There are, however, a few options you can find under the settings cog icon in the panel’s upper-right corner. Under Settings > Preferences there are options to auto-connect when Windows starts, or automatically connect when you open Mullvad. Both are off by default. Under this section there’s also a handy option to enable your PC’s sharing options even though you’re on a VPN.
Go to Settings > Advanced, and you can enable Mullvad’s IPv6 tunneling capability, as well as choose between UDP and TCP.
Another nice tool to use with the VPN is the Am I Mullvad? website. This dedicated site that lets you know if the app is working and currently connected to Mullvad. It also checks to see if you are leaking DNS requests, suffering from a WebRTC leak, or using a blacklisted IP address.
Mullvad has apps for Windows, Mac, and Linux. For mobile, be it Android or iOS, users can use either built-in VPN clients with Mullvad or the OpenVPN mobile app. Linux and Android users can also try out the promising new WireGuard VPN protocol.
Mullvad’s number of servers and country locations has increased since last time, while its performance has remained solidly the same. That’s great news since Mullvad was already one of the standouts.
In our tests, Mullvad retained about 52 percent of the base speed across five locations. That’s a really strong score. Not quite enough to win the top spot as the fastest VPN around but still a contender. Speeds were particularly strong in the United States, Germany, and the UK, coming incredibly close to the base speeds, often within 10-15Mb/s.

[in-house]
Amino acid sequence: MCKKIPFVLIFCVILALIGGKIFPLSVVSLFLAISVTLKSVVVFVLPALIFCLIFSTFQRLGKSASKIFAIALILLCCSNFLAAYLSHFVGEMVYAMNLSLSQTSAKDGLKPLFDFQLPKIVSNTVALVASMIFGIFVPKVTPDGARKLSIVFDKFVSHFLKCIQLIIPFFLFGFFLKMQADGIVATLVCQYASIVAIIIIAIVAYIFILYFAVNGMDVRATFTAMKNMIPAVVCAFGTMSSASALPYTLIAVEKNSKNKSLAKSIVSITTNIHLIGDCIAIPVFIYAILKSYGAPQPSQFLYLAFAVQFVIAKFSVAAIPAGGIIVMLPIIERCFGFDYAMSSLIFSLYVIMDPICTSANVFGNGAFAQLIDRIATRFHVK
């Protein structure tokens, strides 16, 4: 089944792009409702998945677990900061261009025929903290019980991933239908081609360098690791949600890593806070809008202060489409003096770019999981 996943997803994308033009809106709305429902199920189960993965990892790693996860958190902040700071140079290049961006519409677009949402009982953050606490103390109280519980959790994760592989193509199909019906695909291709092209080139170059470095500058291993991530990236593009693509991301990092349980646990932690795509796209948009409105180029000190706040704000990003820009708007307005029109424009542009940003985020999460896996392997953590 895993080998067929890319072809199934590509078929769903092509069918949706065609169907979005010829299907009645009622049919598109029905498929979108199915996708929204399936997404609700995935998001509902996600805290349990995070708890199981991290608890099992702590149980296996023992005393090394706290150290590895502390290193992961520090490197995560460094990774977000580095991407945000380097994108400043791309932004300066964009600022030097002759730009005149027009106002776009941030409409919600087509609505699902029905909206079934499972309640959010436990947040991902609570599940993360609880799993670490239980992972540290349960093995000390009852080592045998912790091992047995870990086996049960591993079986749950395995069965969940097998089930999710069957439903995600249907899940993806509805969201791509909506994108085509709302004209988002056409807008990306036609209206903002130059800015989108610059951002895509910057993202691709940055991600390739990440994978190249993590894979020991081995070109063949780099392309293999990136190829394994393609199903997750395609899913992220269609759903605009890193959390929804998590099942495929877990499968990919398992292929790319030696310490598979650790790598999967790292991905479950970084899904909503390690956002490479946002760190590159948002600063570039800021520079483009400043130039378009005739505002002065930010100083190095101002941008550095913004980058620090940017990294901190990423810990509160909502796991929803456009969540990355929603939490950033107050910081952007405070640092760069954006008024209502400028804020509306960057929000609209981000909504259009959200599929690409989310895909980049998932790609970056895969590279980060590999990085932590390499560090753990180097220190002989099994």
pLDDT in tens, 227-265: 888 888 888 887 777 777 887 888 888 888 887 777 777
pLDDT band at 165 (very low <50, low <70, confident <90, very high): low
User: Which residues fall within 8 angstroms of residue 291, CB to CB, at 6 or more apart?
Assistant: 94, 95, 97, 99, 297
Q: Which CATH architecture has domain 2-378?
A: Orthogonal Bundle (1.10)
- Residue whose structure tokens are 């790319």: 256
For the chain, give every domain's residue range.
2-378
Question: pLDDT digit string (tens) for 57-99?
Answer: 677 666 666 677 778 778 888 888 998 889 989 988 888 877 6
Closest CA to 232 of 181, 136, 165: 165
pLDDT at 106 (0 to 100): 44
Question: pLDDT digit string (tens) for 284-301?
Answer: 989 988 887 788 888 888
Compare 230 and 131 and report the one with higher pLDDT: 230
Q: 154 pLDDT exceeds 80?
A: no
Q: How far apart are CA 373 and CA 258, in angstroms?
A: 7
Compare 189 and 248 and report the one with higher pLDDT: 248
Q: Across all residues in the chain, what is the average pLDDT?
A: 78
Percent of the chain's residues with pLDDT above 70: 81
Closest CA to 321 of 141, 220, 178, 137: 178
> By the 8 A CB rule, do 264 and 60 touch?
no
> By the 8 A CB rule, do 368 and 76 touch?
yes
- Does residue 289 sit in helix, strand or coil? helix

The bottom line is that you should be very happy with the speeds you get using Mullvad, with the usual caveat that your equipment and ISP will have an effect on your experience.
Privacy, anonymity, and trust
The only data Mullvad saves are the total number of current connections on its network, the CPU load per core, and the total bandwidth used per server. That’s not bad at all.
The company also takes the time to explain how much privacy you should expect from Mullvad based on the payment type you use.
If you mail cash, for example, Mullvad says it will take the cash, add credits to the account number included in the envelope, and then shred the envelope and the note. If you choose to use credit cards or PayPal, however, you will be identifiable through those payment services.
Mullvad accepts cash, cryptocurrencies, credit cards, bank wires, Swish (a Swedish mobile payment service), and PayPal.
Mullvad is owned by Amagicom AB and its business address is Chalmers Teknikpark 412 58 Gothenburg, Sweden. The company CEO is Jan Jonsson, and the co-founders are Fredrik Strömberg and Daniel Berntsson.
Mullvad has changed where it needed to and everything else has remained the same or become stronger. With its commitment to privacy, anonymity (as close as you can realistically get online), and performance Mullvad remains our top recommendation for a VPN service.
Editor’s note: Because online services are often iterative, gaining new features and performance improvements over time, this review is subject to change in order to accurately reflect the current state of the service. Any changes to text or our final review verdict will be noted at the top of this article.